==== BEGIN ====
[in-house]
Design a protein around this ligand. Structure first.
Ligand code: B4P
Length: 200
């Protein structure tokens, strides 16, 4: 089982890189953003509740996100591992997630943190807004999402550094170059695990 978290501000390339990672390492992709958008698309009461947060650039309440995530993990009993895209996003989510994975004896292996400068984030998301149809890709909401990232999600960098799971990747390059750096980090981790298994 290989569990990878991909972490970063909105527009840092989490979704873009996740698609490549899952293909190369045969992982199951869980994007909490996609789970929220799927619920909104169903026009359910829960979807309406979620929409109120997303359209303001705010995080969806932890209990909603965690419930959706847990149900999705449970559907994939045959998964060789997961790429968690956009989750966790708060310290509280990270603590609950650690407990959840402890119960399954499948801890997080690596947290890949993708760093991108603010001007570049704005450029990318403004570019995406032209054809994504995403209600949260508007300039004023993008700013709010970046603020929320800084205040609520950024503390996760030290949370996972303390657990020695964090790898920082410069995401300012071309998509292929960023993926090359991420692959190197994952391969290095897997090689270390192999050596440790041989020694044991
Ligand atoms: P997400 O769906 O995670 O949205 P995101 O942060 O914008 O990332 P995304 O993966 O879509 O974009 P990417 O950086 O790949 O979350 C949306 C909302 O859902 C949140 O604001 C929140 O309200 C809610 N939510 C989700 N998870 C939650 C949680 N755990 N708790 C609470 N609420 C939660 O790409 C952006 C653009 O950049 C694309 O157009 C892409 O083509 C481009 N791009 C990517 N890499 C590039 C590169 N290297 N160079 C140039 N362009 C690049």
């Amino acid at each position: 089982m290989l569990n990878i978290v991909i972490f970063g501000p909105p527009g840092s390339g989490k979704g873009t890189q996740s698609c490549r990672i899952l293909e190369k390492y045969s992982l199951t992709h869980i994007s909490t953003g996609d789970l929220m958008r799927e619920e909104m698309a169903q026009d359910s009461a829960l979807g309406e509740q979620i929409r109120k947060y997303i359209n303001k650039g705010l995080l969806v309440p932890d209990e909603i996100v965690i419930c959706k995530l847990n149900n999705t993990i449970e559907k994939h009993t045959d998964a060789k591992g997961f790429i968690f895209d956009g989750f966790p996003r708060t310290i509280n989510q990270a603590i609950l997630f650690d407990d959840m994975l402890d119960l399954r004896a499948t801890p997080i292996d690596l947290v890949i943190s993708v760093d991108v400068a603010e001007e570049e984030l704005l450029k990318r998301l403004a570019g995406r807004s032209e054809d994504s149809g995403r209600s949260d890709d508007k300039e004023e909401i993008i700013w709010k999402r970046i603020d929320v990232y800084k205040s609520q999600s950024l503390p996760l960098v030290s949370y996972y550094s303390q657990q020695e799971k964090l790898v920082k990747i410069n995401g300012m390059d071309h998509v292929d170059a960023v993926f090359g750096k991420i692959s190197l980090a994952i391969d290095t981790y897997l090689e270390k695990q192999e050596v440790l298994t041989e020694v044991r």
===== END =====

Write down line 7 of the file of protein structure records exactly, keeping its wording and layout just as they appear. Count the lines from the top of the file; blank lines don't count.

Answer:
């Amino acid at each position: 089982m290989l569990n990878i978290v991909i972490f970063g501000p909105p527009g840092s390339g989490k979704g873009t890189q996740s698609c490549r990672i899952l293909e190369k390492y045969s992982l199951t992709h869980i994007s909490t953003g996609d789970l929220m958008r799927e619920e909104m698309a169903q026009d359910s009461a829960l979807g309406e509740q979620i929409r109120k947060y997303i359209n303001k650039g705010l995080l969806v309440p932890d209990e909603i996100v965690i419930c959706k995530l847990n149900n999705t993990i449970e559907k994939h009993t045959d998964a060789k591992g997961f790429i968690f895209d956009g989750f966790p996003r708060t310290i509280n989510q990270a603590i609950l997630f650690d407990d959840m994975l402890d119960l399954r004896a499948t801890p997080i292996d690596l947290v890949i943190s993708v760093d991108v400068a603010e001007e570049e984030l704005l450029k990318r998301l403004a570019g995406r807004s032209e054809d994504s149809g995403r209600s949260d890709d508007k300039e004023e909401i993008i700013w709010k999402r970046i603020d929320v990232y800084k205040s609520q999600s950024l503390p996760l960098v030290s949370y996972y550094s303390q657990q020695e799971k964090l790898v920082k990747i410069n995401g300012m390059d071309h998509v292929d170059a960023v993926f090359g750096k991420i692959s190197l980090a994952i391969d290095t981790y897997l090689e270390k695990q192999e050596v440790l298994t041989e020694v044991r």